Here’s why Gabriel Somi’s arrival is good news for Kelyn Rowe

kelyn rowe

Kelyn Rowe. Photo/Kari Heistad

The New England Revolution appear to have solved multiple problems with their signing of Swedish-Syrian left back Gabriel Somi, who will join the team later this winter for preseason.

Somi’s arrival from Sweden’s Ostersunds FK, announced on January 5 after close to a month of rumors and speculation, provides depth on the back line and flank, plus competition on the left side of the pitch for Chris Tierney. It should, theoretically, also free Kelyn Rowe from having to leave his natural place in midfield to fill in at left back, which he did eight times last season.

With Tierney’s fitness called into question, former Revolution coach Jay Heaps decided to deploy Rowe as a defender time and again during the 2017 campaign instead of signing a true left back. To his credit, Rowe never complained publicly about playing a makeshift position – he told media numerous times that he’d happily play anywhere – and he even managed to accrue three assists in 2017 at left back.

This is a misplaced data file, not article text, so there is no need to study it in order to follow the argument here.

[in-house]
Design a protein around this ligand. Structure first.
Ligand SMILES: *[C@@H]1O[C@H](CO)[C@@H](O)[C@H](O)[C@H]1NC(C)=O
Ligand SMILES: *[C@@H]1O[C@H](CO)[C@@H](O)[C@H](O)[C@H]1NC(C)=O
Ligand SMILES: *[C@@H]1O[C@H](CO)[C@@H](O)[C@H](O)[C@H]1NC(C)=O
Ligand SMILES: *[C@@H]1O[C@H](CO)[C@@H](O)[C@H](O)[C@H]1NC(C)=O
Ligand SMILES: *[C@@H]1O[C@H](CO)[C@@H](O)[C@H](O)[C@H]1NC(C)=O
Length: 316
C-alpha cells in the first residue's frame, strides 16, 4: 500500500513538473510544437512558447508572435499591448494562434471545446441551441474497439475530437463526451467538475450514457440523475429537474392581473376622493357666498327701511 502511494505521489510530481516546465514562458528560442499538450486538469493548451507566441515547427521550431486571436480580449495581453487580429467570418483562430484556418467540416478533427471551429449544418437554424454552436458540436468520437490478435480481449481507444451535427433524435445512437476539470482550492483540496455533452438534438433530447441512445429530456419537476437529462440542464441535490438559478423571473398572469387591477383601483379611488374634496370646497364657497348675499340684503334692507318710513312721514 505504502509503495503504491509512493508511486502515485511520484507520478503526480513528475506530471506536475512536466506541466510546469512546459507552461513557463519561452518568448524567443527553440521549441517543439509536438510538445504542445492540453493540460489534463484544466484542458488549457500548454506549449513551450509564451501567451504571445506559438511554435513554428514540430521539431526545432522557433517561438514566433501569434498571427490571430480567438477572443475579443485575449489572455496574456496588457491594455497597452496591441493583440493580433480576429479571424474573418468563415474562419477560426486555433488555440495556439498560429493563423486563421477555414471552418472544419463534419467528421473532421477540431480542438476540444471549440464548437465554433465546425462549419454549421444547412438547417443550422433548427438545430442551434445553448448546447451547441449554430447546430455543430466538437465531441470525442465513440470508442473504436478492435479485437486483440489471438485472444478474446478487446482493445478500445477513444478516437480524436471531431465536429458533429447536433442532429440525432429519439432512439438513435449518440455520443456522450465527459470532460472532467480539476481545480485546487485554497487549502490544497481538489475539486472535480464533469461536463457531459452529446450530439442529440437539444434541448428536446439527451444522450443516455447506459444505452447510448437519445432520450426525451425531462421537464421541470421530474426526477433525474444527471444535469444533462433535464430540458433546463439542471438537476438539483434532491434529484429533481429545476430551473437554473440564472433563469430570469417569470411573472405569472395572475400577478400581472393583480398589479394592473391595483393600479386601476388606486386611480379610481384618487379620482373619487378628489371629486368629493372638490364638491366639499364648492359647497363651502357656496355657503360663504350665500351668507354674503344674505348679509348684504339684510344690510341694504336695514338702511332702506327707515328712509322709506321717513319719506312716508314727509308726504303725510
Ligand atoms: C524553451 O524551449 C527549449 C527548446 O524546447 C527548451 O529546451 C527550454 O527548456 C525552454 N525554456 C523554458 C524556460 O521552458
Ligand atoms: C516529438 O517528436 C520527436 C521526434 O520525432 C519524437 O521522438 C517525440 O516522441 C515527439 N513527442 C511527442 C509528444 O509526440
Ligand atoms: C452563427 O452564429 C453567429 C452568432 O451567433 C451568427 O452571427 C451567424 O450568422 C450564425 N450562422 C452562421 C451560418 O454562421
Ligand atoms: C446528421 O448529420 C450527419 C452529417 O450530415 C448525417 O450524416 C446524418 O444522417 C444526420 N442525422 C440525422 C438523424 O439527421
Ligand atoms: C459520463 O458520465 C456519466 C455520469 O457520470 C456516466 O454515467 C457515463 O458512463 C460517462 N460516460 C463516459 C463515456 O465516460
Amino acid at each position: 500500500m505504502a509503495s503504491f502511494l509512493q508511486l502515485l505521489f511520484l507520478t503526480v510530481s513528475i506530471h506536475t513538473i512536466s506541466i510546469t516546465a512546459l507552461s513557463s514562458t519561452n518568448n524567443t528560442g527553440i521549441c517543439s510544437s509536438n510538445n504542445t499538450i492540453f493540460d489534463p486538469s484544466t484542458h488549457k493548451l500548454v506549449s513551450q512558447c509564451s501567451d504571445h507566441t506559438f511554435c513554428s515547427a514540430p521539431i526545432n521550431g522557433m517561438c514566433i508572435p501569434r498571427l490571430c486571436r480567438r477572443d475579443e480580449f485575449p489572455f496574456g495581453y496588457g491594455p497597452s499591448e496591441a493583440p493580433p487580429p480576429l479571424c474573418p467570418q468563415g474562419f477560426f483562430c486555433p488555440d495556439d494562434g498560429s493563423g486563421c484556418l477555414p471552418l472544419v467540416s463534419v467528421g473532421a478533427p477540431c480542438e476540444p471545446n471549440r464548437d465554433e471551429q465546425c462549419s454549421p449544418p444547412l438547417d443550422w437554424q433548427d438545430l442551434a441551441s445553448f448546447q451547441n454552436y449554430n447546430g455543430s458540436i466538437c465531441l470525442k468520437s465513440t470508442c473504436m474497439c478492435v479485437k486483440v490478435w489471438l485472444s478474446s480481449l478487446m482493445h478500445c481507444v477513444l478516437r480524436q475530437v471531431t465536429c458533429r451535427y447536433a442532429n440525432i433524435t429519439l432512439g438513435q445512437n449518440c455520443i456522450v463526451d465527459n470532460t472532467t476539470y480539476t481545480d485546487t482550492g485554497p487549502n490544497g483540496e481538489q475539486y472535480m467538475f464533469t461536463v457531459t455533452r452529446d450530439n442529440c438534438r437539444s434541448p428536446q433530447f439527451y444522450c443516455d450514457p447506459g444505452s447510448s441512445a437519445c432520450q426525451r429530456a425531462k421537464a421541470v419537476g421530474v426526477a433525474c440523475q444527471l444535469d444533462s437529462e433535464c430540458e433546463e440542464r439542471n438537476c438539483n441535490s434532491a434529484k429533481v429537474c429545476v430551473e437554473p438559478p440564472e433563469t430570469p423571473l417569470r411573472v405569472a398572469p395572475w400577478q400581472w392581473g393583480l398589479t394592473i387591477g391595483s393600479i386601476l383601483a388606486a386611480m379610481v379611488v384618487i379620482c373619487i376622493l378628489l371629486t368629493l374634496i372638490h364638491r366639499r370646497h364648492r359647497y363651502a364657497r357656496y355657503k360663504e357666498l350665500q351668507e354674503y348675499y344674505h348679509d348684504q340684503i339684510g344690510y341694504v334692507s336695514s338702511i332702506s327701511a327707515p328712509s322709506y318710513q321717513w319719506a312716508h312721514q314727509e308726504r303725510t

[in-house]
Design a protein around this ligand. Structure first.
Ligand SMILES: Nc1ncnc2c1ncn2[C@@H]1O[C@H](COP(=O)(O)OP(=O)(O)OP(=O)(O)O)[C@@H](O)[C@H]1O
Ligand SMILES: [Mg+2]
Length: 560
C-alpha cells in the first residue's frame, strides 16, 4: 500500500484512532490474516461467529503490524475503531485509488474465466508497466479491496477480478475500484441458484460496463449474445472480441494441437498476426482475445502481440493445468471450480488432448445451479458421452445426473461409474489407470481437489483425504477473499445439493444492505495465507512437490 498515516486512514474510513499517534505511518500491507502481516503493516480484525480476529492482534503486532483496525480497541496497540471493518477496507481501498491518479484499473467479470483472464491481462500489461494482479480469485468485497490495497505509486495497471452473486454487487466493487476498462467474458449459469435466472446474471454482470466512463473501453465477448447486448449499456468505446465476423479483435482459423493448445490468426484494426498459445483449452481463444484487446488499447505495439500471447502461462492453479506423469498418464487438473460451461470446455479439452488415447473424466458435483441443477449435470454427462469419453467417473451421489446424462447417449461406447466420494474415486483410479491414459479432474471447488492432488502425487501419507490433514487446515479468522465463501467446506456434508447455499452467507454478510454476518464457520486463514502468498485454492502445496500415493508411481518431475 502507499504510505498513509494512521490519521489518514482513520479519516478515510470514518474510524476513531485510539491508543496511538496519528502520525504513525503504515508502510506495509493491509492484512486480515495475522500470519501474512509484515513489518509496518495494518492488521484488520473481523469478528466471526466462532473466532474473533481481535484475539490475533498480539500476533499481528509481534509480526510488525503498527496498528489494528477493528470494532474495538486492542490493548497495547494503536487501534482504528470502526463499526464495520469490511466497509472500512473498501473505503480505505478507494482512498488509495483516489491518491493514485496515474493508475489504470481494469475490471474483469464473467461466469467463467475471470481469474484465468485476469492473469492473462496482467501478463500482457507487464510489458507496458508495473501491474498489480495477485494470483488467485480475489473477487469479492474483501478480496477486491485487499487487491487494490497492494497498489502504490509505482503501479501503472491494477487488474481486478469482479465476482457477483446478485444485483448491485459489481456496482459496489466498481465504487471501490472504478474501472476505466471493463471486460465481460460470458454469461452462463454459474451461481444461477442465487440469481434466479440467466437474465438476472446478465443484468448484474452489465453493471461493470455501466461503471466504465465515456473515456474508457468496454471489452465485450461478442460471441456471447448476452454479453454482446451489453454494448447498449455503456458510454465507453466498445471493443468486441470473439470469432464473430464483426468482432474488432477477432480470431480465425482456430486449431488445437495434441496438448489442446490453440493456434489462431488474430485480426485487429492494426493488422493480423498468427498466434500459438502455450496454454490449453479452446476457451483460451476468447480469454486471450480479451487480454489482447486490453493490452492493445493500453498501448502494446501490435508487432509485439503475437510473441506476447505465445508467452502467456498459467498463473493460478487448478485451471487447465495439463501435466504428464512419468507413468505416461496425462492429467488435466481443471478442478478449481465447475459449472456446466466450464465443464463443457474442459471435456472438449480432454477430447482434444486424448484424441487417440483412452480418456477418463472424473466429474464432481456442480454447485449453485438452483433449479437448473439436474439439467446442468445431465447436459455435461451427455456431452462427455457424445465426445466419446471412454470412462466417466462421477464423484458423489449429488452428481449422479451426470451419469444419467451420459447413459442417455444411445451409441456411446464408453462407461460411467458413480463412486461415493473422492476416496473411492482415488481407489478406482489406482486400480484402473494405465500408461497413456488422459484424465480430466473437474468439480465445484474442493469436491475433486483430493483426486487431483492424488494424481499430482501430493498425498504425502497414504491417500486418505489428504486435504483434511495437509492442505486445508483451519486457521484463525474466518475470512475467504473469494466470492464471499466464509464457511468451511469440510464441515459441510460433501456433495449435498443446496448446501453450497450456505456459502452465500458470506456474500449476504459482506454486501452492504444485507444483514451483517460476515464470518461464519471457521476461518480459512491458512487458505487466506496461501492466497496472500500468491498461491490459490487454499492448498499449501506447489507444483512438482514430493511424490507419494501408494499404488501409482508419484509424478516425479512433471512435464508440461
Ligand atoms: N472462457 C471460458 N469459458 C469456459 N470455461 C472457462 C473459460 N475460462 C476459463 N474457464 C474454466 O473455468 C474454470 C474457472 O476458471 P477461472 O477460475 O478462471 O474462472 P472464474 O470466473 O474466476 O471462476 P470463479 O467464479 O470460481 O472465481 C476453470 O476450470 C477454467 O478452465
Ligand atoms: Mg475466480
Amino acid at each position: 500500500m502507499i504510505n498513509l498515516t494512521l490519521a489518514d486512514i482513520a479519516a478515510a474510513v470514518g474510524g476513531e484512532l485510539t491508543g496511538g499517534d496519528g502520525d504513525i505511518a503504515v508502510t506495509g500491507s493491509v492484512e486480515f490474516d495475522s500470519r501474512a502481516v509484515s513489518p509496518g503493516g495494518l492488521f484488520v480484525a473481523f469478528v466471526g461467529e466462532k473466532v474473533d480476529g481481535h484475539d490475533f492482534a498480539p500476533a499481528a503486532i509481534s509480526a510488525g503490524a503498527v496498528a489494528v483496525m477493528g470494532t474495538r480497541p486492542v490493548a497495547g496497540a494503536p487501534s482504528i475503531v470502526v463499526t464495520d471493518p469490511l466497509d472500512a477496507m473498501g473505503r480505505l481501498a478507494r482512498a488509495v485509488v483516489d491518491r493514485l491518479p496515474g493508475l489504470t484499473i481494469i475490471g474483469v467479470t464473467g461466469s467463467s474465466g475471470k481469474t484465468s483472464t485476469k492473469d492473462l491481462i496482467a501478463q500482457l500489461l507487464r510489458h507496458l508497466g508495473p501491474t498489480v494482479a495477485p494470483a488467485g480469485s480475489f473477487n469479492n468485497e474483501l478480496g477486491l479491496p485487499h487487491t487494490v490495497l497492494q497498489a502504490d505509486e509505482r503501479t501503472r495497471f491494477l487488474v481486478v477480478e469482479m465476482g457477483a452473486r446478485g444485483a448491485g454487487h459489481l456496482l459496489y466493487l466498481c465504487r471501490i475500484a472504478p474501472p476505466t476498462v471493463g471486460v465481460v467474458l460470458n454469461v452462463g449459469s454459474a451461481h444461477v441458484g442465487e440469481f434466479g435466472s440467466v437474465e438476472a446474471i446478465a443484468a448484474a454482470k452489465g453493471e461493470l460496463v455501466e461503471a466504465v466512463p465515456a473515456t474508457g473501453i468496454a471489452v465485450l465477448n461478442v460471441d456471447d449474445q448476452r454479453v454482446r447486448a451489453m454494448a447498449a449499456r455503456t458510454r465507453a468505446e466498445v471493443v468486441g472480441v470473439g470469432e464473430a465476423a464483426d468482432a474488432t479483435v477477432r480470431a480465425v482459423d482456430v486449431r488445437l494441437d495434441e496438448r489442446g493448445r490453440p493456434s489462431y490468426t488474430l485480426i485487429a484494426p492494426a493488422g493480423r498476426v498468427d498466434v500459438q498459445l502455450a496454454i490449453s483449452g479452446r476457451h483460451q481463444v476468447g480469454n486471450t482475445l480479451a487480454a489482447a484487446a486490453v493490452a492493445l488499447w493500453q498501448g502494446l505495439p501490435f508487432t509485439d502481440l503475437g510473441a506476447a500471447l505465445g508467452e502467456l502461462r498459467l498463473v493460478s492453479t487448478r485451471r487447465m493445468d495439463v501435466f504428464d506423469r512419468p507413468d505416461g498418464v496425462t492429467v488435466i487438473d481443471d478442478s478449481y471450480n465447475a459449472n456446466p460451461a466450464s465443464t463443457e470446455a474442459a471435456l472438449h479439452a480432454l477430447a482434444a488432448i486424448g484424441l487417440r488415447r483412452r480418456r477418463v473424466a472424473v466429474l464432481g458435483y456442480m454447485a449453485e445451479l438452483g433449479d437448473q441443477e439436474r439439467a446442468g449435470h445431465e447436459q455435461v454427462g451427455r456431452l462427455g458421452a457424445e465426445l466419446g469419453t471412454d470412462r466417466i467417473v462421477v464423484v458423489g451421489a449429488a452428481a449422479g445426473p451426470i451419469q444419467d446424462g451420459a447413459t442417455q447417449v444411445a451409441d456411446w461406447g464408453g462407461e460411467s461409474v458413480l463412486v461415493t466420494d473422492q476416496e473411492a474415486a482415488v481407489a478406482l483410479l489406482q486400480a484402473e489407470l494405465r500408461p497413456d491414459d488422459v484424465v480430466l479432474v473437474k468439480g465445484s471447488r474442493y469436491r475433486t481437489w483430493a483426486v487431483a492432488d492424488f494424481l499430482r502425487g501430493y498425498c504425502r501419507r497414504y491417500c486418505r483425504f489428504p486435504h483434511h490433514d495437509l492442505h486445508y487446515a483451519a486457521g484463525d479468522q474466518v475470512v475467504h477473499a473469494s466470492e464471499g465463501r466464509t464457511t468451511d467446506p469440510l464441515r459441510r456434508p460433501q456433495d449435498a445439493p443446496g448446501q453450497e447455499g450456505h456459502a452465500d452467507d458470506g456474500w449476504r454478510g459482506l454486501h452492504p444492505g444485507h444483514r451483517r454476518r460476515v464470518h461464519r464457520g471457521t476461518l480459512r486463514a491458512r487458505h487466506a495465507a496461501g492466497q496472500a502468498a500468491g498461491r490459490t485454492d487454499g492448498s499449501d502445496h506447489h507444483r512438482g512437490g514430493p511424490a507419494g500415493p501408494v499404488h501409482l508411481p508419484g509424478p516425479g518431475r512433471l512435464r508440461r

Even so, Rowe was only a serviceable option on the back line. He was no revelation. The Revolution surrendered 61 goals last season, which was the most in the Eastern Conference and the third-most in the whole league. The club went 2-3-3 and conceded 16 goals when Rowe played left back. That’s not an indictment of Rowe. It just means his presence did little to positively or negatively affect an already porous back line.

However, having Rowe at the back decreased his opportunities, as one of the Revolution’s best attacking players, to enter the attacking third.

New Revolution coach Brad Friedel seems inclined to go a different direction.

Somi, 26, is a true left sided player. He split his time in left midfield and left back this fall with Ostersunds FK during their run to the Europa League knockout round. Somi also played in 15 league matches as a left back or in left midfield in 2017, accruing three goals and three assists.

Whether Somi fits in with the Revolution remains to be seen, but he’s nevertheless qualified to fight for a spot in Foxborough. That’s good news for New England’s back line, which has been short-staffed and vulnerable at full back since 2015, and Rowe, who can return to his rightful place in midfield.

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